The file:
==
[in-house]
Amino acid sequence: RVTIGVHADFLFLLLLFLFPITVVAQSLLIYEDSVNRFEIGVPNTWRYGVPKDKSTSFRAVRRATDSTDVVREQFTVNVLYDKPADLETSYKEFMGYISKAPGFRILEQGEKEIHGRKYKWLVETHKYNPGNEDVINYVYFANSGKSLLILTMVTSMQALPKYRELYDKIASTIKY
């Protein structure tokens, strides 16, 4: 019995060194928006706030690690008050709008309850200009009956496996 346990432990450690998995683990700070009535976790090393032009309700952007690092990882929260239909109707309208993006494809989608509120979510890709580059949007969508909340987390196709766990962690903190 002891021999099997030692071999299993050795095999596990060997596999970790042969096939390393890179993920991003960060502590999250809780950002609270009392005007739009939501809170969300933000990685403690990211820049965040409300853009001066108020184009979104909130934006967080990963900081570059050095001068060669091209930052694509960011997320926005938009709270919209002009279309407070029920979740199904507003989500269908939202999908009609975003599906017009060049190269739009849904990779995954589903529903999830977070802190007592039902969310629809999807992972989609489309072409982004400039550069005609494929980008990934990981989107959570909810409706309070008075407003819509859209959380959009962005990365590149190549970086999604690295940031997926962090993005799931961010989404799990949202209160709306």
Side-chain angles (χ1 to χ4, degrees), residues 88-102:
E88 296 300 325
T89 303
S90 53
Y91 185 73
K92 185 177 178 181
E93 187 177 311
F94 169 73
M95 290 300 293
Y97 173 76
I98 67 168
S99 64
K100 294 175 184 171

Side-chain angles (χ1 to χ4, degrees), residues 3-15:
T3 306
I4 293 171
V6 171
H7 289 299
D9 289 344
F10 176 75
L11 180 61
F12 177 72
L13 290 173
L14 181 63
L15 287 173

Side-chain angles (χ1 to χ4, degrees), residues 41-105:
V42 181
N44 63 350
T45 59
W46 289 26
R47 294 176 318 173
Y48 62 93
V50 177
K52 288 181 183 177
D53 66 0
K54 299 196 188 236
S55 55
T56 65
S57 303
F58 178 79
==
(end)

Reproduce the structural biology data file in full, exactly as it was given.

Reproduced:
[in-house]
Amino acid sequence: RVTIGVHADFLFLLLLFLFPITVVAQSLLIYEDSVNRFEIGVPNTWRYGVPKDKSTSFRAVRRATDSTDVVREQFTVNVLYDKPADLETSYKEFMGYISKAPGFRILEQGEKEIHGRKYKWLVETHKYNPGNEDVINYVYFANSGKSLLILTMVTSMQALPKYRELYDKIASTIKY
């Protein structure tokens, strides 16, 4: 019995060194928006706030690690008050709008309850200009009956496996 346990432990450690998995683990700070009535976790090393032009309700952007690092990882929260239909109707309208993006494809989608509120979510890709580059949007969508909340987390196709766990962690903190 002891021999099997030692071999299993050795095999596990060997596999970790042969096939390393890179993920991003960060502590999250809780950002609270009392005007739009939501809170969300933000990685403690990211820049965040409300853009001066108020184009979104909130934006967080990963900081570059050095001068060669091209930052694509960011997320926005938009709270919209002009279309407070029920979740199904507003989500269908939202999908009609975003599906017009060049190269739009849904990779995954589903529903999830977070802190007592039902969310629809999807992972989609489309072409982004400039550069005609494929980008990934990981989107959570909810409706309070008075407003819509859209959380959009962005990365590149190549970086999604690295940031997926962090993005799931961010989404799990949202209160709306």
Side-chain angles (χ1 to χ4, degrees), residues 88-102:
E88 296 300 325
T89 303
S90 53
Y91 185 73
K92 185 177 178 181
E93 187 177 311
F94 169 73
M95 290 300 293
Y97 173 76
I98 67 168
S99 64
K100 294 175 184 171

Side-chain angles (χ1 to χ4, degrees), residues 3-15:
T3 306
I4 293 171
V6 171
H7 289 299
D9 289 344
F10 176 75
L11 180 61
F12 177 72
L13 290 173
L14 181 63
L15 287 173

Side-chain angles (χ1 to χ4, degrees), residues 41-105:
V42 181
N44 63 350
T45 59
W46 289 26
R47 294 176 318 173
Y48 62 93
V50 177
K52 288 181 183 177
D53 66 0
K54 299 196 188 236
S55 55
T56 65
S57 303
F58 178 79